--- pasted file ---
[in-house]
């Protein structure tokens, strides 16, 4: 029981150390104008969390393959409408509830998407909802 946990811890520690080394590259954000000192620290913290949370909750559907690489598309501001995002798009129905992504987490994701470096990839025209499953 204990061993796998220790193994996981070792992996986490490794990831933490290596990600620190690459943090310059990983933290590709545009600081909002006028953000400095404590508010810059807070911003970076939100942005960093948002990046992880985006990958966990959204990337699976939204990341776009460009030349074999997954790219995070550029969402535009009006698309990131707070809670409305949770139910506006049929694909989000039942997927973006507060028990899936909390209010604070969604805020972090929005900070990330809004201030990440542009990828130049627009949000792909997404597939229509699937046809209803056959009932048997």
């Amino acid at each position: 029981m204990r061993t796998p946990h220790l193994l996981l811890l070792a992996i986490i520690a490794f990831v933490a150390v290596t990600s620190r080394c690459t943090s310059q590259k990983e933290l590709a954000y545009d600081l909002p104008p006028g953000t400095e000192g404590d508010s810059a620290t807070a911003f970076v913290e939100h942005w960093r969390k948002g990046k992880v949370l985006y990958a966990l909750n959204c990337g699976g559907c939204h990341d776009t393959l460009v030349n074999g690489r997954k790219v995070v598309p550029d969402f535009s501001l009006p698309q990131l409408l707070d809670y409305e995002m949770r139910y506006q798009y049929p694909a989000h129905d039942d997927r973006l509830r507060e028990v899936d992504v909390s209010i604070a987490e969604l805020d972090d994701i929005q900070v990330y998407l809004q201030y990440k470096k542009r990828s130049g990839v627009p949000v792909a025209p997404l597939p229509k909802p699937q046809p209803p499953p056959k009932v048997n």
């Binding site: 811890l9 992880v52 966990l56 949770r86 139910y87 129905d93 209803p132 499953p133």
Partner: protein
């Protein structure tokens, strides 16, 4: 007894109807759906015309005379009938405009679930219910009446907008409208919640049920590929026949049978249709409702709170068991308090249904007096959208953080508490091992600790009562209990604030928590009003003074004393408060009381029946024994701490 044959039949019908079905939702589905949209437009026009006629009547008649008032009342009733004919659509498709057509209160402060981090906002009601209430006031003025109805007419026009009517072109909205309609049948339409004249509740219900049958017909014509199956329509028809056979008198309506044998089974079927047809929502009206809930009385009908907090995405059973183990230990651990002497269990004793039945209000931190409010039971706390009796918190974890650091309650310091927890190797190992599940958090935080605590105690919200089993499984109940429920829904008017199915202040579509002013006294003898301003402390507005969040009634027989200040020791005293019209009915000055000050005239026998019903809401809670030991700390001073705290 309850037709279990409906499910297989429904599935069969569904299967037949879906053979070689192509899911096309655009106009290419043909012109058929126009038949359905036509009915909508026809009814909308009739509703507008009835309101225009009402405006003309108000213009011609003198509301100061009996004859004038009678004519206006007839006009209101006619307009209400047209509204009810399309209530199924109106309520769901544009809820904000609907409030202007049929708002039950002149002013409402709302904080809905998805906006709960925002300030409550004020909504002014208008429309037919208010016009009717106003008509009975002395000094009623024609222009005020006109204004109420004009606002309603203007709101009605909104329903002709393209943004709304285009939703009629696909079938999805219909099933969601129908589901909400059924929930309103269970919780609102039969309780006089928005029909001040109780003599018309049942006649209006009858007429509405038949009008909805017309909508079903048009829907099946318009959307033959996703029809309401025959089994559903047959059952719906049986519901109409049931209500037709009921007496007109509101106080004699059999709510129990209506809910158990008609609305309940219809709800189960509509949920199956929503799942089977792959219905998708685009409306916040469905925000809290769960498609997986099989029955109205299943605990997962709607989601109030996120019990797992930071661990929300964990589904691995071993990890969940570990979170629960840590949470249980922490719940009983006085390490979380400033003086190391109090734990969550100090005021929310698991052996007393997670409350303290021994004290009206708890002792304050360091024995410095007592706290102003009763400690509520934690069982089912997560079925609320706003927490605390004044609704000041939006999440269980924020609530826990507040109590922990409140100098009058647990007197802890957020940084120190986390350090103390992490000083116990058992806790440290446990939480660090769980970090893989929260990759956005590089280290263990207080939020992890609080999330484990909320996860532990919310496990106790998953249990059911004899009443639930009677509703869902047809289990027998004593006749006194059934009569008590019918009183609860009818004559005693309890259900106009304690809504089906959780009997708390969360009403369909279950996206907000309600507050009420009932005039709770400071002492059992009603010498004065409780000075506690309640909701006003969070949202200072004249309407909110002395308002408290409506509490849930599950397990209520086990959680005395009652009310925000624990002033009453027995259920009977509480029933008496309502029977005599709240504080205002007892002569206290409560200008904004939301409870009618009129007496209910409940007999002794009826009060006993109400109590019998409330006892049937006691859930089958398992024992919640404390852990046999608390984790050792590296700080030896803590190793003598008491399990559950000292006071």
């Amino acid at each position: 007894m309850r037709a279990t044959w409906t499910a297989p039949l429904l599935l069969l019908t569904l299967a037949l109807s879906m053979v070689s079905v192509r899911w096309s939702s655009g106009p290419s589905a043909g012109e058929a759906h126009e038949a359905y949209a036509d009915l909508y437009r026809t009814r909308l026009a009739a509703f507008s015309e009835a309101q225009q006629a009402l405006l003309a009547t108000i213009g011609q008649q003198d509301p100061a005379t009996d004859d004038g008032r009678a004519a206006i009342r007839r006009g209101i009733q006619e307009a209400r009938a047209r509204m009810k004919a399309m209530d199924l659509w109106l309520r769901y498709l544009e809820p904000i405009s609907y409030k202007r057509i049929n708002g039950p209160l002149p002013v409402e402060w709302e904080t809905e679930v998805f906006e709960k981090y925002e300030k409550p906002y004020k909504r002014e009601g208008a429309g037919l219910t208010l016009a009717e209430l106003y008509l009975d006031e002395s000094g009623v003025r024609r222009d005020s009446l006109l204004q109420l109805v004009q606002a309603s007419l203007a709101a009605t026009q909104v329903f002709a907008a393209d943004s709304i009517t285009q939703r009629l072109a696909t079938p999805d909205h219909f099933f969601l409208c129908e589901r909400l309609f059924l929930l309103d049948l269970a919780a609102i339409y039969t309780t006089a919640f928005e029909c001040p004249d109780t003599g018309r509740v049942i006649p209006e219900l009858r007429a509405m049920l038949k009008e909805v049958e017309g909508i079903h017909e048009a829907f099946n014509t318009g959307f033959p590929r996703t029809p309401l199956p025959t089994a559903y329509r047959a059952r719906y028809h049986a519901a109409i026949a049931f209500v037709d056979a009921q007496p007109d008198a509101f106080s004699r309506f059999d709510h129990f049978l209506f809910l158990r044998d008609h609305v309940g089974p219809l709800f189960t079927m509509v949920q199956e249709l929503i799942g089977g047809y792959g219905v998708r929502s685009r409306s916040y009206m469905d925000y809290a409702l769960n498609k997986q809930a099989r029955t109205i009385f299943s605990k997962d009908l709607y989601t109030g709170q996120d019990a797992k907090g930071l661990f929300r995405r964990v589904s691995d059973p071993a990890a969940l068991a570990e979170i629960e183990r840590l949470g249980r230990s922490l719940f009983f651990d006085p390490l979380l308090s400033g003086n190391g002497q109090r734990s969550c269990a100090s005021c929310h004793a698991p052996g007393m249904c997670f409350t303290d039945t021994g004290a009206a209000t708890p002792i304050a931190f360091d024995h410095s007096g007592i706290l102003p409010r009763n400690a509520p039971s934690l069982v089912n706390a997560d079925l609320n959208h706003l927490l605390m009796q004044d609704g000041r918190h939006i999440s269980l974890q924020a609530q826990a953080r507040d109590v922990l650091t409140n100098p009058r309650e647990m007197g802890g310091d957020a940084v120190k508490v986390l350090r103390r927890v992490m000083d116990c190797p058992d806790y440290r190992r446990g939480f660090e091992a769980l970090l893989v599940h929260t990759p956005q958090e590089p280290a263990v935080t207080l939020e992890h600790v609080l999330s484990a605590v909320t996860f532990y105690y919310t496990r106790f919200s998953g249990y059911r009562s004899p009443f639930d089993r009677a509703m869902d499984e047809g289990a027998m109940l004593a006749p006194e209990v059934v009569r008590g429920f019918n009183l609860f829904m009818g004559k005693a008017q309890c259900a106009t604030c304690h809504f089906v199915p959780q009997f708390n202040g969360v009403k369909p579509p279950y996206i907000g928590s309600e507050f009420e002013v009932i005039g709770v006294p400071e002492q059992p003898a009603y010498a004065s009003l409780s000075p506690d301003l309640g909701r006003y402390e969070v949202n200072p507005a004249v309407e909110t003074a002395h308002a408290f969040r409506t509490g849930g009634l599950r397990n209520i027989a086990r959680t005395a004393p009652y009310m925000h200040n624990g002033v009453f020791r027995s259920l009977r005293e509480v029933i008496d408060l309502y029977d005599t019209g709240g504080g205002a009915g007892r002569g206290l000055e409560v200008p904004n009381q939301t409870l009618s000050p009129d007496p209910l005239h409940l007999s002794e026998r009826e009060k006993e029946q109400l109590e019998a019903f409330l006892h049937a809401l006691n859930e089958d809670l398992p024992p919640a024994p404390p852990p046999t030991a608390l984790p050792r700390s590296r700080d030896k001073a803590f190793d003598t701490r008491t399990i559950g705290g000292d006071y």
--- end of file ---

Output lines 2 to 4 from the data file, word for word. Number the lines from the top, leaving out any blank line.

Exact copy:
């Protein structure tokens, strides 16, 4: 029981150390104008969390393959409408509830998407909802 946990811890520690080394590259954000000192620290913290949370909750559907690489598309501001995002798009129905992504987490994701470096990839025209499953 204990061993796998220790193994996981070792992996986490490794990831933490290596990600620190690459943090310059990983933290590709545009600081909002006028953000400095404590508010810059807070911003970076939100942005960093948002990046992880985006990958966990959204990337699976939204990341776009460009030349074999997954790219995070550029969402535009009006698309990131707070809670409305949770139910506006049929694909989000039942997927973006507060028990899936909390209010604070969604805020972090929005900070990330809004201030990440542009990828130049627009949000792909997404597939229509699937046809209803056959009932048997």
């Amino acid at each position: 029981m204990r061993t796998p946990h220790l193994l996981l811890l070792a992996i986490i520690a490794f990831v933490a150390v290596t990600s620190r080394c690459t943090s310059q590259k990983e933290l590709a954000y545009d600081l909002p104008p006028g953000t400095e000192g404590d508010s810059a620290t807070a911003f970076v913290e939100h942005w960093r969390k948002g990046k992880v949370l985006y990958a966990l909750n959204c990337g699976g559907c939204h990341d776009t393959l460009v030349n074999g690489r997954k790219v995070v598309p550029d969402f535009s501001l009006p698309q990131l409408l707070d809670y409305e995002m949770r139910y506006q798009y049929p694909a989000h129905d039942d997927r973006l509830r507060e028990v899936d992504v909390s209010i604070a987490e969604l805020d972090d994701i929005q900070v990330y998407l809004q201030y990440k470096k542009r990828s130049g990839v627009p949000v792909a025209p997404l597939p229509k909802p699937q046809p209803p499953p056959k009932v048997n």
């Binding site: 811890l9 992880v52 966990l56 949770r86 139910y87 129905d93 209803p132 499953p133």